In joint work with the Library of Congress, a group from CNRI developed object models for some types of material digitized by the National Digital Library Program. The first model was for digitized images, such as scanned photographs. When each image is converted, several digital versions are made. Typically, there is a high-resolution archival version, a medium resolution version for access via the web, and one or more thumbnails. Each of these versions has its own metadata and there is other metadata that is shared by all the versions.
The first decision made in developing the object model was to keep separate the bibliographic metadata that describes the content. This is stored in separate catalog records. Other metadata is stored with the scanned images and is part of the object model. This includes structural metadata, which relates the various versions, and administrative metadata, which is used for access management.
Since there are occasions on which the individual versions may be used separately, each version is stored as a separate digital object. Each of these digital objects is identified by a handle and has two elements: a digitized image and metadata. Another digital object, known as a meta-object, is used to bring the versions together. The main purpose of the meta-object is to provide a list of the versions. It also has a data type field that describes the function of each image, which can be for reference, access, or as a thumbnail. The meta-object has its own identifier, a handle, and contains metadata that is shared by all the versions of the image.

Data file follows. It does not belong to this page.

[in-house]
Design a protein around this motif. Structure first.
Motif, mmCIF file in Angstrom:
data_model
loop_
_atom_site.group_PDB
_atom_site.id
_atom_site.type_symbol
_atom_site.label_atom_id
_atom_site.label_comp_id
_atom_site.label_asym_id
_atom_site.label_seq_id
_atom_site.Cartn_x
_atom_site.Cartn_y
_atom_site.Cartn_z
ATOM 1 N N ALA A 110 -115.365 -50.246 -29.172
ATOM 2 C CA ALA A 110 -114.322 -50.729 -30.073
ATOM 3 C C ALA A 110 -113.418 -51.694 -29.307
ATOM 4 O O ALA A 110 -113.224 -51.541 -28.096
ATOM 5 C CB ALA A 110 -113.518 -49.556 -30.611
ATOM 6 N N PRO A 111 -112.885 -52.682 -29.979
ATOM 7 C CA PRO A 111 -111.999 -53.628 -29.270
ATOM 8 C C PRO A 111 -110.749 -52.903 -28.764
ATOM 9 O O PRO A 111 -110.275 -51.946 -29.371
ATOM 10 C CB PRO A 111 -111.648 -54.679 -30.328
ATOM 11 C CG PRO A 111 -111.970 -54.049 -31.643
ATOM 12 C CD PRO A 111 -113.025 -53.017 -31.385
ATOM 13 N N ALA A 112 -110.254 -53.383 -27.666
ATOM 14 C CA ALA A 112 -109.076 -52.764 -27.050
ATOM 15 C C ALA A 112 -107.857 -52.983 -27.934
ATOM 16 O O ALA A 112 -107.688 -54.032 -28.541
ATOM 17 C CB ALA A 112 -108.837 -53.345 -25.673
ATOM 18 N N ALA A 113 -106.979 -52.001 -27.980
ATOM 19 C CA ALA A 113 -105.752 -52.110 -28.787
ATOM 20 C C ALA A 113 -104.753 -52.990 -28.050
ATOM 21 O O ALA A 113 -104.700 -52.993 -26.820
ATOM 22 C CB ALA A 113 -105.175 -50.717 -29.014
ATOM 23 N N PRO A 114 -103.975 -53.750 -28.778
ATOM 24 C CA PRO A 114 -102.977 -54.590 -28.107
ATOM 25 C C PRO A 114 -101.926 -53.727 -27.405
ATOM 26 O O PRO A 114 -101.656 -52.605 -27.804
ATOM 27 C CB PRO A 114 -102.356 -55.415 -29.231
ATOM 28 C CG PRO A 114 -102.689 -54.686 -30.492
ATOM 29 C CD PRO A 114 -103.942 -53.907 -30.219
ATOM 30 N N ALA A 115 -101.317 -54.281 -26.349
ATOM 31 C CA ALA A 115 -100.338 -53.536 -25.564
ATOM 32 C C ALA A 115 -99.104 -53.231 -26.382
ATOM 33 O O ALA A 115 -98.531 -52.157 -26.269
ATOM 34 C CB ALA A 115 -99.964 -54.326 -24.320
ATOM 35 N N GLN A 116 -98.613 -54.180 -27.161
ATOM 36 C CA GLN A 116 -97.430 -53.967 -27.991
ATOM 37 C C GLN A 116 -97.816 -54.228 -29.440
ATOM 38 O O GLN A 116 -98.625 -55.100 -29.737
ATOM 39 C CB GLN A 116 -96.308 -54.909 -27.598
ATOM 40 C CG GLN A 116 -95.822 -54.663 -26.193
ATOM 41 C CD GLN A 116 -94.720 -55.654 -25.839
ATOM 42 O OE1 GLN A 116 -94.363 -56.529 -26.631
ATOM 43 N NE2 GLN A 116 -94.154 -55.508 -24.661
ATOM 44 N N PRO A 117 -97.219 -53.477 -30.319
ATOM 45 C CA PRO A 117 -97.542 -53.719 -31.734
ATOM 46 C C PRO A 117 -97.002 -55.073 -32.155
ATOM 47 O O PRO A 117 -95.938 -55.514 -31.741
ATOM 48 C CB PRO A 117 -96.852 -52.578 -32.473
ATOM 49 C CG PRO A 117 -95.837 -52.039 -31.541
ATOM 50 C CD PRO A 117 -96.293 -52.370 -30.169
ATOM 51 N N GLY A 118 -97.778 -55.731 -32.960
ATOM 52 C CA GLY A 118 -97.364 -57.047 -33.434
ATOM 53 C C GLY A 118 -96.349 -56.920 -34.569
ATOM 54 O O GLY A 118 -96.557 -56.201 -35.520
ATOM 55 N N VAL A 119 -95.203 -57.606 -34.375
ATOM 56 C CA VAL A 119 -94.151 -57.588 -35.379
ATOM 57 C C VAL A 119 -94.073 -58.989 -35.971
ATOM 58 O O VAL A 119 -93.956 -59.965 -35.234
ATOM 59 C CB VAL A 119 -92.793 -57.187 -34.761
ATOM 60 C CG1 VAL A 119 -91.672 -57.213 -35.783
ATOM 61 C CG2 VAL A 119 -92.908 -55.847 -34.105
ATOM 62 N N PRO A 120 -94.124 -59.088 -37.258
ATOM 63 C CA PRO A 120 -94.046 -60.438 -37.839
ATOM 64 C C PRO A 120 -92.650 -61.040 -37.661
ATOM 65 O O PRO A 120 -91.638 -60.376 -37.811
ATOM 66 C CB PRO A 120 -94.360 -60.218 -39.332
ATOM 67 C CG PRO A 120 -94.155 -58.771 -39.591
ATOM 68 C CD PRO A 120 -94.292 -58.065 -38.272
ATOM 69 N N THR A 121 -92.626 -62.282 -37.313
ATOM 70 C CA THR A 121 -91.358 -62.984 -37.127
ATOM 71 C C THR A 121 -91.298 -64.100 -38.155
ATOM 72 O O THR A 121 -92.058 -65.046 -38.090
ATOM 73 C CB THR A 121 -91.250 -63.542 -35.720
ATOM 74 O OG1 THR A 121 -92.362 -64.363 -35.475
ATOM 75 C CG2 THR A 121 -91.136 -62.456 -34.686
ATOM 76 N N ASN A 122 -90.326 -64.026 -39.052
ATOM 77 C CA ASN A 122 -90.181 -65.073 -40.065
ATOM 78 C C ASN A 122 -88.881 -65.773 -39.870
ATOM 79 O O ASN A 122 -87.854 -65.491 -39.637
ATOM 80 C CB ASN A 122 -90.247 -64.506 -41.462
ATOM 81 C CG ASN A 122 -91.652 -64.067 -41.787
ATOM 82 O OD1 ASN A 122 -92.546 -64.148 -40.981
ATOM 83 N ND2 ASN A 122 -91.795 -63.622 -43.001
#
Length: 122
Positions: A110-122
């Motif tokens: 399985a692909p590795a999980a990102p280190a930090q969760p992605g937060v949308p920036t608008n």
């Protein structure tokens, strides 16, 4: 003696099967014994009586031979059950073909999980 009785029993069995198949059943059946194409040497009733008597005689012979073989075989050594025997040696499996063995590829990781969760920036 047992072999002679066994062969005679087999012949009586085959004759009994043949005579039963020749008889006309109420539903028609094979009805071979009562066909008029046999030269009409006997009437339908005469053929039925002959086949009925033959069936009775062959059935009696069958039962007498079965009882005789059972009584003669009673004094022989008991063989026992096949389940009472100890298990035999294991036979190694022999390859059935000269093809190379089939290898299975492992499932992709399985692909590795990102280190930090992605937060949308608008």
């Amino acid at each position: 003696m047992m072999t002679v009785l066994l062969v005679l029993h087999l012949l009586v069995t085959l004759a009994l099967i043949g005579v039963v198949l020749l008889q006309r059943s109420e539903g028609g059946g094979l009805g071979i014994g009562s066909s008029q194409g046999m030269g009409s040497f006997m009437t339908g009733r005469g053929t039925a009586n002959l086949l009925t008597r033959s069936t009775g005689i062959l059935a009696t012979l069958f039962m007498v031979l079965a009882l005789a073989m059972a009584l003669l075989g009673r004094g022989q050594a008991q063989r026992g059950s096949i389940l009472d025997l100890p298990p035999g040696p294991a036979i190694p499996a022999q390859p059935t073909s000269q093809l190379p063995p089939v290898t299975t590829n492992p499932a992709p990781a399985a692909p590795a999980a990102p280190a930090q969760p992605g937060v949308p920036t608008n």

Object models for interoperability
Object models are evolving slowly. How the various parts should be grouped together can rarely be specified in a few dogmatic rules. The decision depends upon the context, the specific objects, their type of content and sometimes the actual content. After the introduction of printing, the structure of a book took decades to develop to the form that we know today, with its front matter, chapters, figures, and index. Not surprisingly, few conventions for object models and structural metadata have yet emerged in digital libraries. Structural metadata is still at the stage where every digital library is experimenting with its own specifications, making frequent modifications as experience suggests improvements.
This might appear to pose a problem for interoperability, since a client program will not know the structural metadata used to store a digital object in an independent repository. However, clients do not need to know the internal details of how repositories store objects; they need to know the functions that the repository can provide.